Whether people identify themselves as Taiwanese or Chinese has been an issue of importance since the beginning of democratization in Taiwan. This article explores whether the strength-of-association statistic between education and self-identity among Taiwanese people has changed over the past 15 years during which Taiwan has undergone substantial political and social change. If the statistic did change during this time period, it is necessary to further clarify which factors contributed to this change. The analysis of survey data collected between 1992 and 2007 shows that the strength-of-association between education and self-identity has steadily weakened among the young cohorts and the mainlanders. Furthermore, the variation in the strength of association between education and selfidentity has been accounted for by the diminished functions of political indoctrination in formal education as well as by the varied dispersion of the two variables, namely, “education” and “self-identity”, over time.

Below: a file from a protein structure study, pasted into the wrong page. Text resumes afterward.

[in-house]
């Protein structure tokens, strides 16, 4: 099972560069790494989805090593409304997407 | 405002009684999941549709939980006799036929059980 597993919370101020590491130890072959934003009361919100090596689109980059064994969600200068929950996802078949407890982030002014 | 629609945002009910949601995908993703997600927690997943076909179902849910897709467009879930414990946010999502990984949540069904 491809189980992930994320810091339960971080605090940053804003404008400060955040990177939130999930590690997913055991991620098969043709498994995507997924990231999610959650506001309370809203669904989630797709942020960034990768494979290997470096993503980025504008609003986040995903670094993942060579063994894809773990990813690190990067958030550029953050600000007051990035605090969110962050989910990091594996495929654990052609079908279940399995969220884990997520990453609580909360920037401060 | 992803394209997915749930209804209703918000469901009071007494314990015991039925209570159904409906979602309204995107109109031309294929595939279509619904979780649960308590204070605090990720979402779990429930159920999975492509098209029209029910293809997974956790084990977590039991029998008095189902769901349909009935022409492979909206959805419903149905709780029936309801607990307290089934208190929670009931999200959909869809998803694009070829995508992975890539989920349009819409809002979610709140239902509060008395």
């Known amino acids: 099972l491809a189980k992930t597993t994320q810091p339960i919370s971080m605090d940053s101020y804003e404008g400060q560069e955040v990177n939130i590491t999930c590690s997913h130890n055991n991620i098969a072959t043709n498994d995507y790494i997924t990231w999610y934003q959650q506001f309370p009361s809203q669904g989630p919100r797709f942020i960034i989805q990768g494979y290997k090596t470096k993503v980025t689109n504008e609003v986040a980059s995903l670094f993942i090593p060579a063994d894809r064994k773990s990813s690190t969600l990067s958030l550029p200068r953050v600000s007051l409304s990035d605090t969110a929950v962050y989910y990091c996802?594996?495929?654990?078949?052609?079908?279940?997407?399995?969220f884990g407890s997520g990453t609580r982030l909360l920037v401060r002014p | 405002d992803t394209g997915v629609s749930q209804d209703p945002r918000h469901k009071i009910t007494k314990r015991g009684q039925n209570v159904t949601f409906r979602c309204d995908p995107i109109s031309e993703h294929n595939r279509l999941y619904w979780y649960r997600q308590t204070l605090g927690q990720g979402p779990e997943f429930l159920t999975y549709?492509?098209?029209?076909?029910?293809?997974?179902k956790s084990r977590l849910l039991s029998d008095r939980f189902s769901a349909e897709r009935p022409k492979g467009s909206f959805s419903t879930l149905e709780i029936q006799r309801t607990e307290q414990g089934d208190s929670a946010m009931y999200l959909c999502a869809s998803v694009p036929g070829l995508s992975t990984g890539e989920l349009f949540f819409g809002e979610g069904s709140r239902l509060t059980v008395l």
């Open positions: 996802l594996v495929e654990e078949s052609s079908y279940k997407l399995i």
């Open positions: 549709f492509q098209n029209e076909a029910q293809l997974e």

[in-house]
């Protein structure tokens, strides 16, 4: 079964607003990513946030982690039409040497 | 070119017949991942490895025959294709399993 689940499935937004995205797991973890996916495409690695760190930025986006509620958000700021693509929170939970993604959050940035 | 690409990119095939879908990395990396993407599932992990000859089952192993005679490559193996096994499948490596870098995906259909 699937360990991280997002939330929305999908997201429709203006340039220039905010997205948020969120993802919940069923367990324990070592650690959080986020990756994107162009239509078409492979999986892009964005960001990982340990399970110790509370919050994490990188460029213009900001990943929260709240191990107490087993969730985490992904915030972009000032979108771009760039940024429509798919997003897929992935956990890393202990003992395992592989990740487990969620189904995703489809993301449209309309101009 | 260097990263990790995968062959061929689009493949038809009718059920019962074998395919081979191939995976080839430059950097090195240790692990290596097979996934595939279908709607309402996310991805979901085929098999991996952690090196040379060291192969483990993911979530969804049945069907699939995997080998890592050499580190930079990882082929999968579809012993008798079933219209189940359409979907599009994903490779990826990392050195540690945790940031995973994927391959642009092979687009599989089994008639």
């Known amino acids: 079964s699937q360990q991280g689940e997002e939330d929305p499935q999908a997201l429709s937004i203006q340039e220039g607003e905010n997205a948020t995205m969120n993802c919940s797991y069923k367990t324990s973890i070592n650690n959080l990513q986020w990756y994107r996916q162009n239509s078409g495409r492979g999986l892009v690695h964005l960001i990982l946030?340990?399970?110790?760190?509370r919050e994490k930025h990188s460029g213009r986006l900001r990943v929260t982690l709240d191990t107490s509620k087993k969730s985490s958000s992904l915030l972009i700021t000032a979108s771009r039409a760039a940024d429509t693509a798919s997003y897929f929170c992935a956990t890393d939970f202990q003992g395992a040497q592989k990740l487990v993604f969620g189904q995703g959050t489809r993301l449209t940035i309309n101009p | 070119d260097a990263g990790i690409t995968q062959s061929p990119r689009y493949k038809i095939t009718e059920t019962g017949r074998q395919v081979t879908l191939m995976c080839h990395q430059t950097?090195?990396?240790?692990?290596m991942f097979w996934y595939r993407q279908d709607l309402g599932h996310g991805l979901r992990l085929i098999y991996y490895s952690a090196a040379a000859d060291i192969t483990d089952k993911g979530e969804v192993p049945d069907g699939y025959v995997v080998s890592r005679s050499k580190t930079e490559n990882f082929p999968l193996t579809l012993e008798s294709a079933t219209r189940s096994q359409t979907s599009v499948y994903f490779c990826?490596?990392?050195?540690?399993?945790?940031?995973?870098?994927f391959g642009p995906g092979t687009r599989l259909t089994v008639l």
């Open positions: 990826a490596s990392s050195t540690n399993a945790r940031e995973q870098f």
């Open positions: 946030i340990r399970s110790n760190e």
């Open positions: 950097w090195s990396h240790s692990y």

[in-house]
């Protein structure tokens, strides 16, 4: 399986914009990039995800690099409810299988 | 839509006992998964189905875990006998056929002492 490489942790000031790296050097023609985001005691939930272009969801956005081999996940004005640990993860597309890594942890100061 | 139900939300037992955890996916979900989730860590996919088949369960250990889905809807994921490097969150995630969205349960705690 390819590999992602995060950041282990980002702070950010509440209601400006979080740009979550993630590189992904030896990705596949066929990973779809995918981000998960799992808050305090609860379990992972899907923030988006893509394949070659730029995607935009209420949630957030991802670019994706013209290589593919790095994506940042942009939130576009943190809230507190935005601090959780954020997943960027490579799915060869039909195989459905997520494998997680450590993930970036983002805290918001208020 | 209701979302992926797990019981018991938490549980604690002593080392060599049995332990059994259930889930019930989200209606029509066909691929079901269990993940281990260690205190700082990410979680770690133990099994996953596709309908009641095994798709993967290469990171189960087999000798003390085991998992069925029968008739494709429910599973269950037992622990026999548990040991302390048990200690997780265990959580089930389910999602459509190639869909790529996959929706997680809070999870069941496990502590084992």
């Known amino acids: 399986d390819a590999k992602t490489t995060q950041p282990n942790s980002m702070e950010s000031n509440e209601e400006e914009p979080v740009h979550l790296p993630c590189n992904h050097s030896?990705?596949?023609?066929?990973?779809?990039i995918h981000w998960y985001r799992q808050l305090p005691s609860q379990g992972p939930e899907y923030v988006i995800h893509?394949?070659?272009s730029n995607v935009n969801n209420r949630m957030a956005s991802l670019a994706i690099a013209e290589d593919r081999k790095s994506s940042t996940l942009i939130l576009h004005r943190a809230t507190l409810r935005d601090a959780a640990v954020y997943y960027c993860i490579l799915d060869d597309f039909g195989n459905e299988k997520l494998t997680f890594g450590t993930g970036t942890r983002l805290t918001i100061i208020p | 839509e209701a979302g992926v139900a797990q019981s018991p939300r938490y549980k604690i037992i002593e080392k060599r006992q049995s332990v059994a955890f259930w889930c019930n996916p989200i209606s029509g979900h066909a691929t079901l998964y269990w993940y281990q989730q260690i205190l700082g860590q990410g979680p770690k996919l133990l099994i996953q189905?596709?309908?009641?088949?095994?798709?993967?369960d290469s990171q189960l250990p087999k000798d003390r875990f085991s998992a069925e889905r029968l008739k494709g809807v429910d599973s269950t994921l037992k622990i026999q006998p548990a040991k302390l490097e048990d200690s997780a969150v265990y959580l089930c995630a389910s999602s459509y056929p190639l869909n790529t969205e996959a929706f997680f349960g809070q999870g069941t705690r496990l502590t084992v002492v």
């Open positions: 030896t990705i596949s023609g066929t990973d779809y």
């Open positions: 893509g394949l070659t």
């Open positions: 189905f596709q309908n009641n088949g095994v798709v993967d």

Kuang-hui Chen, Chi-lin Tsai